Austria announces it will issue one-off cost of living payments

Austria has announced it will issue one-off payments aimed at offsetting rising inflation costs in the country.

Austria announces it will issue one-off cost of living payments
Crowds walk down the famous shopping street Mariahilferstrasse, in Vienna. Photo: JOE KLAMAR / AFP

Austria’s National Council has announced one-off payments which will ease the current cost of living crisis for certain financially vulnerable groups, Der Standard reported.

At the end of April, pensioners on minimum incomes, long-term recipients of sickness and rehabilitation benefits, the unemployed and unemployment assistance recipients will receive €150.

Separately households that receive minimum income or social assistance and students with study grants will receive €300.

For retired people receiving supplementary allowances, there will be two payments of €150.

With the exception of the liberal party Neos, the opposition was largely in favour of the legislative changes

However, parliamentarians from opposition parties said the one-off payments would not be enough to compensate for high inflation, especially as Russia’s invasion of Ukraine puts further pressure on prices.

SPÖ politician Gabriele Heinisch-Hosek appealed to the government to at least bring forward the payments by a month.

Neos MP Gerald Loacker said that “one-time payments will not help”, as prices will continue to stay high. 

The government, however, was eager to highlight the benefits of the package.

For those without jobs, it will be at least a “small compensation” for increasing energy costs, Labor Minister Martin Kocher (ÖVP), said. 

According to Statistik Austria, inflation rates in Austria reached 5 percent in January 2022, driven by a spike in fuel and household energy prices

This reflects the highest level of inflation since December 1984, Statistik Austria’s head Tobias Thomas told ORF.

Gas prices rose by 41 percent compared to January 2021 and there also steep hikes in the cost of petrol and diesel fuel. Heizöl, which can be used for heating and fuel, saw a 45.8 percent increase over the same period.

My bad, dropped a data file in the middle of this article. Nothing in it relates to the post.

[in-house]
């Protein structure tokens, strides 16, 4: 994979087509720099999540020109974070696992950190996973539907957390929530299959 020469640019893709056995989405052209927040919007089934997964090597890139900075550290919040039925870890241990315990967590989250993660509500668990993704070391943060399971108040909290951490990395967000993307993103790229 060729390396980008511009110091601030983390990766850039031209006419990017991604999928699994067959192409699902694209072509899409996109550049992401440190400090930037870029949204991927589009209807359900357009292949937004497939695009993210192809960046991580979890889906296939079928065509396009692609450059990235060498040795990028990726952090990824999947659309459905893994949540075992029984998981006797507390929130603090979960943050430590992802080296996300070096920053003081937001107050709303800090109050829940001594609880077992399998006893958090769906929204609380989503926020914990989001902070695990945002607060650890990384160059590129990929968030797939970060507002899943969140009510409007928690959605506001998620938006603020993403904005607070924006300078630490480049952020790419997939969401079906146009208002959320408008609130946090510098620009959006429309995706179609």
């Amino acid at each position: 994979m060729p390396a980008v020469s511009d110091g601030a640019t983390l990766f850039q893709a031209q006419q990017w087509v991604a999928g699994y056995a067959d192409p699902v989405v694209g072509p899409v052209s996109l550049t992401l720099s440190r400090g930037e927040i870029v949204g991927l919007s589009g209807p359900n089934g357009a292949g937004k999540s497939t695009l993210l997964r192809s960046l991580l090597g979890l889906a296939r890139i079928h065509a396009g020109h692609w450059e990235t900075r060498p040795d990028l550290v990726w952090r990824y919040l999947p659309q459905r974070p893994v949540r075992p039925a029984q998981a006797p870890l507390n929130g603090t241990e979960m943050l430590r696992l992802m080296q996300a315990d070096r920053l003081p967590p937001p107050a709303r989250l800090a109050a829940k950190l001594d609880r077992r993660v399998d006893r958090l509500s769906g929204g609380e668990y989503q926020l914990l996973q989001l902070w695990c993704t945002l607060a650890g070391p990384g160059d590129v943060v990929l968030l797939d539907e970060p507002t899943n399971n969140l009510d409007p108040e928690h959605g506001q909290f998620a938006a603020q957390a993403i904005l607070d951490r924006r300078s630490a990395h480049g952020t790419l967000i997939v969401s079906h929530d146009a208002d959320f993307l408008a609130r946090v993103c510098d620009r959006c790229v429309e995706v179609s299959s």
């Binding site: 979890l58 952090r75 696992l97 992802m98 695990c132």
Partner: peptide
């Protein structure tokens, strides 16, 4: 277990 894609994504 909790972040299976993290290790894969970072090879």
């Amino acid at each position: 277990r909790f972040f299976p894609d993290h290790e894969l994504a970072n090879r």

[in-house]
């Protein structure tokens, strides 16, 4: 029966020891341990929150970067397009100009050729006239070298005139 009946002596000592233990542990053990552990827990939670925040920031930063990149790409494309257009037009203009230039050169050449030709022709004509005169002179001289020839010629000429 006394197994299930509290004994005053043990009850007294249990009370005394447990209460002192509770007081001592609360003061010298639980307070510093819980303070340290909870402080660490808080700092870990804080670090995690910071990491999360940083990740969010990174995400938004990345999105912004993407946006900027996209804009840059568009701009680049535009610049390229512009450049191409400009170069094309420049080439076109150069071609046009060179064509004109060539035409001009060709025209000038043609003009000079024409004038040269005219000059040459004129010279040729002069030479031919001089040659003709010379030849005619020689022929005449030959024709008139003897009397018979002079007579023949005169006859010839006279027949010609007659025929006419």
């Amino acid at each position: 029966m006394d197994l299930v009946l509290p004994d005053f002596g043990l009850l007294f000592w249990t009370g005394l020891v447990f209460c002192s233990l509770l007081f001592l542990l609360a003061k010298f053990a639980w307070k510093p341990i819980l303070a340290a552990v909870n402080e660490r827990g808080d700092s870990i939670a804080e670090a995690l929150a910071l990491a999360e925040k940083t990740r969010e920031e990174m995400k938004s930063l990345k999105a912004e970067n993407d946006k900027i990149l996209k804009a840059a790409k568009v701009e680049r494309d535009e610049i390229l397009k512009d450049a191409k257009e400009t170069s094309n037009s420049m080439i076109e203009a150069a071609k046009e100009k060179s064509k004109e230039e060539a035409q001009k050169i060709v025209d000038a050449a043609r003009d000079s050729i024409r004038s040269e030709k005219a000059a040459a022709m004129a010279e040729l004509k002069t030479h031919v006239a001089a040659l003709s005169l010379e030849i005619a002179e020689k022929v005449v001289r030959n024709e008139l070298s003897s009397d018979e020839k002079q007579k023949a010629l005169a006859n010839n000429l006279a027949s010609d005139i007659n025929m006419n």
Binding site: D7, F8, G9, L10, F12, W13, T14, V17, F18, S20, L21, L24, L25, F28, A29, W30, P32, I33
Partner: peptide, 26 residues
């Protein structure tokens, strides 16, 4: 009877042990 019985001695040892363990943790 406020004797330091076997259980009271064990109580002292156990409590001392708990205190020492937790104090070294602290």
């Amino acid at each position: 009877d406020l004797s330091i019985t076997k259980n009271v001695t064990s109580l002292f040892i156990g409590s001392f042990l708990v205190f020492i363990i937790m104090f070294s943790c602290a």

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Cost of living in Austria: 2021 inflation at highest level in a decade

New figures from Statistics Austria show the consumer price index in Austria rose to 2.8 percent in 2021 - twice as high as in 2020.

Woman shopping
How much more expensive have the items in your shopping basket got? Photo: Anna Shvets/Pexels

Last year, the average cost of living in Austria increased by 2.8 percent, driven by price hikes in transport, household energy, restaurants and hotels.

This is above the two percent target rate of annual inflation set by the European Central Bank but below the 2021 inflation rate in neighbouring Germany which increased to 3.2 percent.

The rate in Austria also fluctuated throughout 2021, starting at 0.8 percent in January and ending at 4.3 percent in December. The average rate of inflation across Europe in December was 3.8 percent.  

READ ALSO: Everything that changes about life in Austria in 2022

Tobias Thomas, Director General at Statistics Austria, said: “In 2021, the inflation rate doubled to 2.8 percent compared to the previous year, the highest level in ten years. 

“Inflation was fuelled by sharp increases in fuel and household energy prices – without them the inflation rate would have been 1.8. 

“The background is not least the crude oil prices on the world markets, which increased by more than 50 percent last year.” 

The 2021 report by Statistics Austria shows transport costs in Austria increased by an average of 6.6 percent. This was the primary driver in the overall increase in cost of living due to a 17.3 percent rise in the price of fuel. 

Additionally, the cost of flight tickets rose by 8.3 percent, repairs for private transport rose by four percent, the cost of new cars by 3.2 percent and used cars by 3.7 percent.

Housing, water and energy costs jumped by 3.6 percent last year making it the second biggest driver in rising prices in Austria. The main reason was a 7.7 percent increase in the cost of household energy, but other factors include housing maintenance (+4.4 percent), materials (+4.7 percent) and rent (+2 percent).

READ MORE: TV licence fees are about to get more expensive in Austria

This was followed by the cost of restaurants and hotels, which rose by 3.4 percent. In restaurants, the price of a Schnitzel increased by 4.6 percent in 2021, and vegetarian dishes went up by 5.8 percent.

Alcoholic beverages and tobacco products were 2.4 percent more expensive in Austria in 2021.

Did anything get cheaper in Austria in 2021?

Fortunately, there is some good news to come out of the Statistics Austria report which shows a few items did get cheaper last year.

Messaging (text messages) was 2.9 percent cheaper in 2021, and the price of telephone and fax services dropped by 2.8 percent.

Fish cost 2.7 percent less in 2021 and the overall rate of inflation for food and non-alcoholic drinks was just 0.8 percent. In 2020, the average price of food and non-alcoholic drinks rose by 2.3 percent.